It's All Up to You (Nobody is Coming to Save You!)Written by Tony Davies
As painful as this realization may be, it is absolutely true. Wherever we are in our lives and whatever we are doing, it is because we have put ourselves there. It is our choices and decisions (either conscious or not) that have brought together circumstances resulting in our current reality. If we want to change our reality, then we must begin to make different choices.
It’s an easy thing to say, but much more difficult to actually do. Why? Because most of choices we make are not actually choices at all, but are based upon conditioned responses! The vast majority of people (estimates range as high as 95%) do not actually choose their responses; they simply react to outside stimuli. For absolute proof of this, simply take a drive in a large urban area and watch for incidents of road rage! "Flipping bird" at another driver is nothing more than a conditioned response - and is a sure sign that driver is not self-aware.
The old adage that “we are product of our environment” is absolutely true – as our parents, teachers, clergy and other role models acted, thus do we act. Children learn from observing actions of their role models, rendering expression “do as I say, not as I do” totally irrelevant. It is this principle that explains, among other things, why children of abusive parents often become abusers themselves.
So how does one break destructive cycle of stimulus / reaction? First, by recognizing that we, as individuals, are problem: only through taking responsibility for our actions can we come to crossroads and begin to take charge of our lives. Once we have made this leap, then answer is easy (although not necessarily easy to accomplish), and can be summed up in one simple word – THINK!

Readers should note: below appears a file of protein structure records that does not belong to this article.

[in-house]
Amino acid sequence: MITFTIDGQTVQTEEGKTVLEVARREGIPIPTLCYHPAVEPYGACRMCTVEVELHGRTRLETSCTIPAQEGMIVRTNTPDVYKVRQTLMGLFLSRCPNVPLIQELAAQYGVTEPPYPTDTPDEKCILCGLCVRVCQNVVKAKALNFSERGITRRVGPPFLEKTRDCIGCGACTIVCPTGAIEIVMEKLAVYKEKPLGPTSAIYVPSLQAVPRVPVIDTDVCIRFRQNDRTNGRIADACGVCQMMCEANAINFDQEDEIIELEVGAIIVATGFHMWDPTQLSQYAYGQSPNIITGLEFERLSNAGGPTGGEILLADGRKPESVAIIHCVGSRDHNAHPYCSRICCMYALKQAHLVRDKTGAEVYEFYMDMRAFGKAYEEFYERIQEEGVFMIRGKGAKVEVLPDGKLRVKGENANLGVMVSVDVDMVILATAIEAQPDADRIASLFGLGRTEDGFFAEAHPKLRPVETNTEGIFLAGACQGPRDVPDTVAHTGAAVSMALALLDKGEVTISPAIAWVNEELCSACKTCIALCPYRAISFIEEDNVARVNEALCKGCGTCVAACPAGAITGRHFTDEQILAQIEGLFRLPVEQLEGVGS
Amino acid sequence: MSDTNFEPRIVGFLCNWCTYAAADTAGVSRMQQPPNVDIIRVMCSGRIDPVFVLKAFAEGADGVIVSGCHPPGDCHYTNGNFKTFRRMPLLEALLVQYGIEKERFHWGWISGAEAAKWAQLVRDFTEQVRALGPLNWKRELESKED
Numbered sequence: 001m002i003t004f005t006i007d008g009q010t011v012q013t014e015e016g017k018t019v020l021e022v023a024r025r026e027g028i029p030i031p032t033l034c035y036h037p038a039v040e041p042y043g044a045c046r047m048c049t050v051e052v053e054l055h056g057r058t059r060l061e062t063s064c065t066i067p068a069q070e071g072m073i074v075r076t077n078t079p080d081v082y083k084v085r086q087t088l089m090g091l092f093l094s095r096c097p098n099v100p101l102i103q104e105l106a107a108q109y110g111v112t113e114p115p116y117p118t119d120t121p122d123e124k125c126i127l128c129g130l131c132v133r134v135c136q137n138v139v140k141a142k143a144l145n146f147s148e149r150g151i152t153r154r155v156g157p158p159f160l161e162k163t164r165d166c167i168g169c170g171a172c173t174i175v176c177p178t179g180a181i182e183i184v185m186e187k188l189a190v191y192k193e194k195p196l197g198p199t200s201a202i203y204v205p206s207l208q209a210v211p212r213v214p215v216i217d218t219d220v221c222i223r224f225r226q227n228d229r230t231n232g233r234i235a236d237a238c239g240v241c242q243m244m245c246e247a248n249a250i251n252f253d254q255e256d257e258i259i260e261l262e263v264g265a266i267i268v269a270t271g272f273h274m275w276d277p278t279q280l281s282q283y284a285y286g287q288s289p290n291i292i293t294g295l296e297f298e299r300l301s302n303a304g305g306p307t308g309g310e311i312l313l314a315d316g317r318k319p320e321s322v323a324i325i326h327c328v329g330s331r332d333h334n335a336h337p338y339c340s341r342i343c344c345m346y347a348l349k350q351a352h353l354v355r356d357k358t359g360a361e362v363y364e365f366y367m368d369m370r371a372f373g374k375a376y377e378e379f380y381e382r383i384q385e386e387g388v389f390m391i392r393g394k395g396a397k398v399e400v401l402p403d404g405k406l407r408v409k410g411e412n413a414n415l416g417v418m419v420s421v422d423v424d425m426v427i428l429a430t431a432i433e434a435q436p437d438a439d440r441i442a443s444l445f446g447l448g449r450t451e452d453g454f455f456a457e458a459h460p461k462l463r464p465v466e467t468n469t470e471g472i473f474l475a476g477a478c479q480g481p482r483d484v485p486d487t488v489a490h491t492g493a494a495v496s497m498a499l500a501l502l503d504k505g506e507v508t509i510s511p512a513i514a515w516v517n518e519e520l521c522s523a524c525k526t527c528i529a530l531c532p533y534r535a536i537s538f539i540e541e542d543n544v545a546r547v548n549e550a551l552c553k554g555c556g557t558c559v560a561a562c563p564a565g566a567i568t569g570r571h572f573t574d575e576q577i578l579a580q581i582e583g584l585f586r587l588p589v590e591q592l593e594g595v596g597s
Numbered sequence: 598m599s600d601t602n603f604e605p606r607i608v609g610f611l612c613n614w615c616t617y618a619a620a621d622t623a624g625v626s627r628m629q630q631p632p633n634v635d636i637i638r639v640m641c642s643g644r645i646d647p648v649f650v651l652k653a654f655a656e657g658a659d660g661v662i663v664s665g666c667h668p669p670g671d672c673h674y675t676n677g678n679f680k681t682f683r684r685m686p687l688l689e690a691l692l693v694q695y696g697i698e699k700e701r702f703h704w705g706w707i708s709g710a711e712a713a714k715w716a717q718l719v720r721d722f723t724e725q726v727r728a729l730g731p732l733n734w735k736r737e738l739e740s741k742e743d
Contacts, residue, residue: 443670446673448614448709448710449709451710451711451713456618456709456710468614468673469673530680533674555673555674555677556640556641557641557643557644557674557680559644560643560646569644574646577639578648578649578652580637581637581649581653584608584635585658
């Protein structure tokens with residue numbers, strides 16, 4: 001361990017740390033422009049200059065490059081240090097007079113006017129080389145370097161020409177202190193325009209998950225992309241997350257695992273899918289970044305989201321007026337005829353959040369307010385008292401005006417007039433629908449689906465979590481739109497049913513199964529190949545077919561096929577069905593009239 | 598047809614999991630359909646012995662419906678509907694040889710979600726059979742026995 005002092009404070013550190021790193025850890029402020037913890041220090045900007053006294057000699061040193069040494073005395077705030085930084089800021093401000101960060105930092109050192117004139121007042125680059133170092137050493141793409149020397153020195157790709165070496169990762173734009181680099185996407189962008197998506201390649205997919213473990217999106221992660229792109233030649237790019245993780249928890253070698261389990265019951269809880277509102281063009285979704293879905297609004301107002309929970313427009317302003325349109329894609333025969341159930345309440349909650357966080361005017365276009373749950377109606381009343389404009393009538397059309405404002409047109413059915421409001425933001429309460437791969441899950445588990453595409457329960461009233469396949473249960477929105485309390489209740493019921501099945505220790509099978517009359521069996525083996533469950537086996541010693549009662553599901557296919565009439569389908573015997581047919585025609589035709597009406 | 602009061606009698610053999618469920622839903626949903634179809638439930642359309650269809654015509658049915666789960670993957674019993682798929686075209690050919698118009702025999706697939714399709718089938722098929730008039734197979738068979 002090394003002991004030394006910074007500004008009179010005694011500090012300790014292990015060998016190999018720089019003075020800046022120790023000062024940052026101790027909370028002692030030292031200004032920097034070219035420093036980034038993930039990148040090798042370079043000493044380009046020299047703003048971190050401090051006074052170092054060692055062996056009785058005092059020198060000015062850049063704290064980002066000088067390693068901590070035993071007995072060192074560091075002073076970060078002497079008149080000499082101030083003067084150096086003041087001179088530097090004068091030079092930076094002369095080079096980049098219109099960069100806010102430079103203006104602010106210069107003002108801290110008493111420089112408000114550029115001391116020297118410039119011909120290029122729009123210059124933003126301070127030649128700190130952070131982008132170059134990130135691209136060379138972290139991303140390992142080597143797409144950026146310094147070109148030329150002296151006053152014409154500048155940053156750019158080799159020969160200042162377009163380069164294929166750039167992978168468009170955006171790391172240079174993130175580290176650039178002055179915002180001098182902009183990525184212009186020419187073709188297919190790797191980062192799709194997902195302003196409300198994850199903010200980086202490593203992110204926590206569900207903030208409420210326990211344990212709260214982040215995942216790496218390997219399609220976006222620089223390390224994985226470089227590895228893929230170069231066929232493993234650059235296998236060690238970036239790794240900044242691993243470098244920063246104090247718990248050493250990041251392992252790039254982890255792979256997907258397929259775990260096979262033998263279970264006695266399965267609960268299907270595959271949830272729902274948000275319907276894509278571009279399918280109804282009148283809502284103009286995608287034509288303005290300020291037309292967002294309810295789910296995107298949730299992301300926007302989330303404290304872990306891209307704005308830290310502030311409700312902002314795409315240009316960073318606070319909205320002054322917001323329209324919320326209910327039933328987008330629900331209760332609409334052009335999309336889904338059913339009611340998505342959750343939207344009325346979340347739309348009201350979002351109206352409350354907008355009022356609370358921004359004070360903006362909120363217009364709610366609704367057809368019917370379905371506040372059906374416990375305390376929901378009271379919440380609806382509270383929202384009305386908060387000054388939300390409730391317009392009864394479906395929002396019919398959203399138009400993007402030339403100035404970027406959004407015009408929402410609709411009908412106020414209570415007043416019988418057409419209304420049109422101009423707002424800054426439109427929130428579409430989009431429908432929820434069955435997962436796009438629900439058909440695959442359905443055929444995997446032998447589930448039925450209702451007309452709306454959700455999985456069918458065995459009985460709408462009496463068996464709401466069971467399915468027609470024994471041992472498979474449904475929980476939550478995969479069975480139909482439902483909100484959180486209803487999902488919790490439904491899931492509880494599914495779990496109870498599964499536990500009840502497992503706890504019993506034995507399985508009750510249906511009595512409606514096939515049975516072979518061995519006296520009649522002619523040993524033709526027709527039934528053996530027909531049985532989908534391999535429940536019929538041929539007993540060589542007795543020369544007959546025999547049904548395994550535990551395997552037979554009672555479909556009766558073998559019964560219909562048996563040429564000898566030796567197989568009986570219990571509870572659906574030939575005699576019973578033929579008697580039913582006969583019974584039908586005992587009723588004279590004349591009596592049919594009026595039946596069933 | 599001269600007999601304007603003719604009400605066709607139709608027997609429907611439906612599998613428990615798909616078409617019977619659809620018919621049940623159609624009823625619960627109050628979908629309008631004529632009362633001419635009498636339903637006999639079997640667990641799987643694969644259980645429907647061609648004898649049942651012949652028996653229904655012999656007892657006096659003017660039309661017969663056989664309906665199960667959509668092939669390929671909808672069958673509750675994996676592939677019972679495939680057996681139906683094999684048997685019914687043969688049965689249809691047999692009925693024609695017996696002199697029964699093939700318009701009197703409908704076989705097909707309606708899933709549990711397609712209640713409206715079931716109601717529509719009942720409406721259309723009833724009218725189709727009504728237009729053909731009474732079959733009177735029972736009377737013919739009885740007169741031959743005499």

Other People's OpinionsWritten by Charlotte Burton
Other People's Opinions
In a society where interaction is part of everyday life, and other people form a vital part of life, other people's opinions are actually important in where we fit into society. However, we often think we know what other people are thinking and base our actions around those 'apparent' opinions.
Yet how do we actually know whether our assumptions about other people's opinions are true or not? Frankly, we don't. This is where Fundamental Attribution Error comes in. To put it into plain Engligh, it means that we make a basic error in assuming other people's thoughts without checking or otherwise knowing whether we are right or not in that assumption.
We base these assumptions on our schema of world (another Psychology term which means a system of beliefs we have about how world works from how to order food in a restaurant to how we 'should' live our lives). These schema are made up from our experiences in world, with some schema being made up from other people's schema which we have picked up along way: such as our parents' and friends' schemas.
Now mostly, these errors are fairly harmless: it is when we start living our lives entirely around what we think other people are thinking that it can become 'dangerous'. Many people fall into trap of becoming practically obsessive about what other people are thinking of how we behave that everything that we do becomes subject to what we think other people are thinking.